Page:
You can be assured that something unusual and out of the ordinary will happen on every EcoTraining course. We are after all in the business of creating an experience with a difference and one to be remembered.
As the group of students currently on the 28 day field guide course in the Lewa Wildlife Conservancy in Kenya found out when they headed out for their morning walk recently. With game guard Ruby and his trusted rifle out in front, they had but ventured 500 metres from the camp site on the edge of the swamp, when they stumbled upon a site not often seen in the wild, in fact, one that shouldn’t be encountered at all.
It was a tawny eagle (male) lying on the ground next to the road. As it was not normal behaviour for this bird of prey, instructor Mark decided to take a closer look with Sam (of EcoTraining’s operations in Kenya) and the curious students looking on. At first Mark thought the eagle was dead. Upon closer inspection however he found the bird still alive, but badly injured. Its right wing was damaged while it also had a sore leg. With an elephant proof fence close by, the assumption was that the eagle probably flew into the fence and was subsequently injured.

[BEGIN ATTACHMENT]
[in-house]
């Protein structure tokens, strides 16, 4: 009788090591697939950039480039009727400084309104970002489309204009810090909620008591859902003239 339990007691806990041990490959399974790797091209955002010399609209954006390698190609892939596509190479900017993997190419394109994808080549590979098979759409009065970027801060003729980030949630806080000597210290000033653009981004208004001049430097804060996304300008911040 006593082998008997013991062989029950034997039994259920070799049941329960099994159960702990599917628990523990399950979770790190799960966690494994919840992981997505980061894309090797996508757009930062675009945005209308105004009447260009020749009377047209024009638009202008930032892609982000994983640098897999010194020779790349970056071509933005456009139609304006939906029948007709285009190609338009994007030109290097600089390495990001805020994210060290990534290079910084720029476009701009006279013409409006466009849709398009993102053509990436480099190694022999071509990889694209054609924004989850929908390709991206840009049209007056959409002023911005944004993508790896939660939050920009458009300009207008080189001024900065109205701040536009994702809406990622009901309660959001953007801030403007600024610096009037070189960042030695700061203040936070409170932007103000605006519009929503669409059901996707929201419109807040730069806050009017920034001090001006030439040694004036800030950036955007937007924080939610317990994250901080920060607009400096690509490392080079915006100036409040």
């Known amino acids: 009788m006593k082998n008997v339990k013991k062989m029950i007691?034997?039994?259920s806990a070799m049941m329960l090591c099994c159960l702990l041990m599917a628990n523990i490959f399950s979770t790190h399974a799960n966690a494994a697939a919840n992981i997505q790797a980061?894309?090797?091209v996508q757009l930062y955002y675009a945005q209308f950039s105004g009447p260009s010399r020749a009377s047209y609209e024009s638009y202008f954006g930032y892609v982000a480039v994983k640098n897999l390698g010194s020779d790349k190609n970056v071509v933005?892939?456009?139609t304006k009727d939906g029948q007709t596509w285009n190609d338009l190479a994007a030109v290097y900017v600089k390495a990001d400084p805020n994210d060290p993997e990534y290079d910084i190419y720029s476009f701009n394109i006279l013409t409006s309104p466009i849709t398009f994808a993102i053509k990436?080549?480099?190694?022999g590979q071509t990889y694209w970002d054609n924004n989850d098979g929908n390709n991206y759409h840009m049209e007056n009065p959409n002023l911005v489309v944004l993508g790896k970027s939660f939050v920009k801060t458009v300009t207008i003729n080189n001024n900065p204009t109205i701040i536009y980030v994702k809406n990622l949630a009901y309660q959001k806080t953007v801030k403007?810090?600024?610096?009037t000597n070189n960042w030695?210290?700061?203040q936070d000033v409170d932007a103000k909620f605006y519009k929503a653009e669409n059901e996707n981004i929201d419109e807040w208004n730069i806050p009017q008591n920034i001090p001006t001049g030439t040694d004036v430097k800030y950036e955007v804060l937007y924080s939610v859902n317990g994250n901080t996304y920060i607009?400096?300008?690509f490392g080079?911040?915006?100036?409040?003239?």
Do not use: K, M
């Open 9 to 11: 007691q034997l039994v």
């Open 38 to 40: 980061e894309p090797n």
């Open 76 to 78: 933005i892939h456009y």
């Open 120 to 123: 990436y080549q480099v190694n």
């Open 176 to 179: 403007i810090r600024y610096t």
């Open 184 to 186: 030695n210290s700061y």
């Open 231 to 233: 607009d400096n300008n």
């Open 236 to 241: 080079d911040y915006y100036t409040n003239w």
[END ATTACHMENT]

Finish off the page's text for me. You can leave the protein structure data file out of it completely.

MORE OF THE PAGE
Using their hats, Mark and Sam carefully picked up the bird as to not cause any further injury to the animal or themselves. The students, still curious, had a good close-up look at the distinct colours and feather pattern of the tawny eagle, not to mention the pair of vicious looking talons. It certainly looked a lot different up close and personal than through binoculars.
The injured bird was taken to the rehabilitation centre of Martin Wheeler on the Lekerukki community ranch close to Lewa. Here Martin looks after various injured birds, builds their strength and then re-releases them into the wild.
The latest on the tawny eagle is that it has started walking but is not yet ready to fly. And it has a serious appetite! It will probably be another couple of weeks before it gets its strength back and is ready to soar in the skies above Lewa once again.
(Thank you Sam and Paulo for the photos!)